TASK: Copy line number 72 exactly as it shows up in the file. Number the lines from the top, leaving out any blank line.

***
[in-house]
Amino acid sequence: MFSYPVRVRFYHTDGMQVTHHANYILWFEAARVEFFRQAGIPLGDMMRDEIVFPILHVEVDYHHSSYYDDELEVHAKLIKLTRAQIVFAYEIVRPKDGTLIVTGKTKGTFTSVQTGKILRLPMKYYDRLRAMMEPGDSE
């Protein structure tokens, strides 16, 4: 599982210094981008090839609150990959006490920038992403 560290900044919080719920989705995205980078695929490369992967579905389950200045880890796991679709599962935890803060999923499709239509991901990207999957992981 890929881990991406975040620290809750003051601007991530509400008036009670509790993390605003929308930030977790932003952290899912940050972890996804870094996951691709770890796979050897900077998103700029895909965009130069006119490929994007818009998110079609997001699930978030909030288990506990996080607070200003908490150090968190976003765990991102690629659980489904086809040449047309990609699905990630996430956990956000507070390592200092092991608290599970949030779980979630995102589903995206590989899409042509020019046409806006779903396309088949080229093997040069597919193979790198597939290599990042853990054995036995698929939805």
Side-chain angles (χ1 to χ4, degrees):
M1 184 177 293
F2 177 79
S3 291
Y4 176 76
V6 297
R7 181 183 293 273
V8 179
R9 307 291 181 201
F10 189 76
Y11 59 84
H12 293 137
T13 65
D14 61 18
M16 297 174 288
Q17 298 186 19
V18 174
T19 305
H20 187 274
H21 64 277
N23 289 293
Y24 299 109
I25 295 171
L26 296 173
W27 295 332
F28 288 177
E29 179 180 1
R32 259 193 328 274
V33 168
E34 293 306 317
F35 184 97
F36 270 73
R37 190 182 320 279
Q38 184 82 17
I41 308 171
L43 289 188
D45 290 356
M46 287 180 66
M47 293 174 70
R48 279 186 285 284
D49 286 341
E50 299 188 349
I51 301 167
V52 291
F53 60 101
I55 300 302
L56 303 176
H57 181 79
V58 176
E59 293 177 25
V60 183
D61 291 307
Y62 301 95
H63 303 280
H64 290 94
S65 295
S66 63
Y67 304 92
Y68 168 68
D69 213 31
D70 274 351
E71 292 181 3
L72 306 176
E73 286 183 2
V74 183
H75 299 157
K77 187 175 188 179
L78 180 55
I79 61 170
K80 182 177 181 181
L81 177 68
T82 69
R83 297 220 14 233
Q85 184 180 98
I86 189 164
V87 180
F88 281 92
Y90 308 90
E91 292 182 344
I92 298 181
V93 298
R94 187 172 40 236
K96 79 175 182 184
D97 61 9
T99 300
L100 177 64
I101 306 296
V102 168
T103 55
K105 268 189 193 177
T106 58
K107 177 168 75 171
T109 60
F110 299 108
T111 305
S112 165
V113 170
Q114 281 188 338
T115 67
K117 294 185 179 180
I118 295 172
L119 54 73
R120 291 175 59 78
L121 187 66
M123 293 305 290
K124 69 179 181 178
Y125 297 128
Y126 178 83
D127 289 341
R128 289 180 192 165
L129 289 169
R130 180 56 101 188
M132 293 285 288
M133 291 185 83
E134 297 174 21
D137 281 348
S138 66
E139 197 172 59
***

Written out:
I79 61 170